There is a lot of interesting research in Santa Barbara that may apply to the construction of the Immersive Environment Instrument, but it is not portable and it was designed to facilitate research, not performance. There is no room for an audience, but compositions could be shown on video as seen on the TED site. The challenge would be to translate as much of the effect of this multi-million dollar facility into a portable touring show.
Many of the elements of the IEI have been used in performance before, as the idea of surround sound has been in use since the introduction generally credited to Stockhausen. The idea of surround video has been used by a collective, Workspace Unlimited, among others. Their example, Hybrid Space 360, is really interesting because it has already been presented at EMPAC – Experimental Media and performing arts Center Rensselaer in New York, 2008. There are photos on their site, but as it in Flash, you have to navigate yourself, click on projects to view the data . . . I cannot even link directly.
Their interesting concept is of an interactive installation, not a performer controlled environment. The Immersive Environment Instrument will tour with Victoria Gibson in Girl Can Dream, the first composition for the instrument. Later, other musicians will be invited to join Victoria to expand the sensor array and integrate other personality styles.
A lot of recent development in software has made still photos panoramic and there are even very inexpensive point and shoot cameras that offer the ability to select the nodes (nodes are individual photos — see Wikipedia) required to stitch together photos in this way. With the proper viewer, an on-line panorama can be achieved. See the Apple VR site for examples of Quicktime panoramas (plug-in required) .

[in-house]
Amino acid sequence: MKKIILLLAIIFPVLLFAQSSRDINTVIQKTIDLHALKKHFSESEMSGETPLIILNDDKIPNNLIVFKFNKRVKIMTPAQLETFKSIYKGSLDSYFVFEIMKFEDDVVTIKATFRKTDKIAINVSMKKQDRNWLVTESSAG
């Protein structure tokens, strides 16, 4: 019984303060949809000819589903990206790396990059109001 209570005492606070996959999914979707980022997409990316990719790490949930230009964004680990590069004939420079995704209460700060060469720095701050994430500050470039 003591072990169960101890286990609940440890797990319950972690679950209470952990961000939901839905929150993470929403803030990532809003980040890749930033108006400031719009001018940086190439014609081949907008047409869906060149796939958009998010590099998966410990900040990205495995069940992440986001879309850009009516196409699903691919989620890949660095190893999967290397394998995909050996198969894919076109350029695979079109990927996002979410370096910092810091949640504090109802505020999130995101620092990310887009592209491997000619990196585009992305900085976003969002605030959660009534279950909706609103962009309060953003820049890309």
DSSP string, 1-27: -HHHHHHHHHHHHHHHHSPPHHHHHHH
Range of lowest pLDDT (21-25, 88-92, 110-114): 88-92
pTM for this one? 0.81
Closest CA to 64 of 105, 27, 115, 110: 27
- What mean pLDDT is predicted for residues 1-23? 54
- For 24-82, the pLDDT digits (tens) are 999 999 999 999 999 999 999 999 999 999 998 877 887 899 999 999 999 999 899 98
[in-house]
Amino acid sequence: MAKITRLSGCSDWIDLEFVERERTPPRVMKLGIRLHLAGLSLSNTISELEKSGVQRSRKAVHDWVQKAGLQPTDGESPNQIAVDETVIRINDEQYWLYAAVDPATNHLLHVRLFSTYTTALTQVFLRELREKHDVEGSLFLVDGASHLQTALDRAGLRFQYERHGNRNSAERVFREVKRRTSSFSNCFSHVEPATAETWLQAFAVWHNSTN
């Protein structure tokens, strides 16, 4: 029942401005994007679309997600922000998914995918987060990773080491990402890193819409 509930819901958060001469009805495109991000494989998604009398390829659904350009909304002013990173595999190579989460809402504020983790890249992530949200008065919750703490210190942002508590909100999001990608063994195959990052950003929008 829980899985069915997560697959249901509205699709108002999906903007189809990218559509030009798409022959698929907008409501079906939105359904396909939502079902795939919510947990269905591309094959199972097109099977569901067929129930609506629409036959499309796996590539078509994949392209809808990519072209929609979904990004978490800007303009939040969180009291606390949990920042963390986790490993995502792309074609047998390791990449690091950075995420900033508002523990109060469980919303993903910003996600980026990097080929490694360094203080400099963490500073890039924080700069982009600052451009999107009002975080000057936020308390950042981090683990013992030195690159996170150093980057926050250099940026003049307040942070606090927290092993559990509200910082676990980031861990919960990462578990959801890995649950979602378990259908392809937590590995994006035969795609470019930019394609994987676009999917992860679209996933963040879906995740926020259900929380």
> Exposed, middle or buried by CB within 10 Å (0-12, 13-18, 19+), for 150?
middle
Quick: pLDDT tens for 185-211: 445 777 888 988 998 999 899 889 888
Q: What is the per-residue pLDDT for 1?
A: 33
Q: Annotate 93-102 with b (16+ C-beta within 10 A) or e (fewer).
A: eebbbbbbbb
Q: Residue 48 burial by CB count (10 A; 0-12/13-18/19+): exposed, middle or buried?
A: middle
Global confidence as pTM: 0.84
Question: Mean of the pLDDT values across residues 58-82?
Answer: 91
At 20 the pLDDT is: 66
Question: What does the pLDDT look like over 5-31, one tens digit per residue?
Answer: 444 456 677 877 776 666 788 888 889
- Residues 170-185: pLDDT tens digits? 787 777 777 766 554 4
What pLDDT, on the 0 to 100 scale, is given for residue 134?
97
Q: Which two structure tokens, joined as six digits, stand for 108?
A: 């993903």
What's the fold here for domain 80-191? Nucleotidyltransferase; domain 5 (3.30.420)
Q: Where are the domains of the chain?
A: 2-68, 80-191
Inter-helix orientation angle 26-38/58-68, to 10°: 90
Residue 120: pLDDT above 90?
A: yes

Ubuntu Users — The most promising thread in this area seems to be freepv not found in a repository by Synaptic yet. Build instructions on the site.
Anyone with the quicktime plug-in can view movies made of panoramic photos on this company’s site — Studio 360. These examples are not the photo itself, but a movie of the panoramic photo.
The concept of surround video is tricky, so I propose to set up separate nodes, the same way panoramic photos are really separate photos. This will also give me more flexibility in using lights to soften the edges of each node to aid in blending or to use the nodes a unique, distinct images. I do not expect surround video to be available soon as large studios are having enough of a challenge with Imax, Omnimax and conventional 3D films. I think that it is more cost effective and realistic to project each node independently and let the instrument create a Cinematic Virtual Reality (CVR) illusion. Cinematic Virtual Reality is a term I created for the visual component to the Immersive Environment Instrument.
UniverCity Net – digital art by Victoria Gibson
As an Integrated Media Artist, I have many project ideas that I am constantly working on. My most recent project proposals have been seeking support to develop a new instrument for me to play in performance. My current goal is to develop a performance instrument that works using gesture control and sensors to create an alternative reality environment.
Although my core training is in music, I have studied dance and motion and have spent years of my life in on-stage performance as a musician. In my recent presentations, I have played computer based instruments and I realize that a lot of the impact of musical presentation is about the gesture of producing the sound.
If I am to continue to use the computer as a performance instrument, I need to develop a controller that responds to dance-like movements. The vision of being able to focus physical energy through dance and control audio and visual elements was crystallized into my need for an Immersive Environment Instrument (IEI). (continue reading…)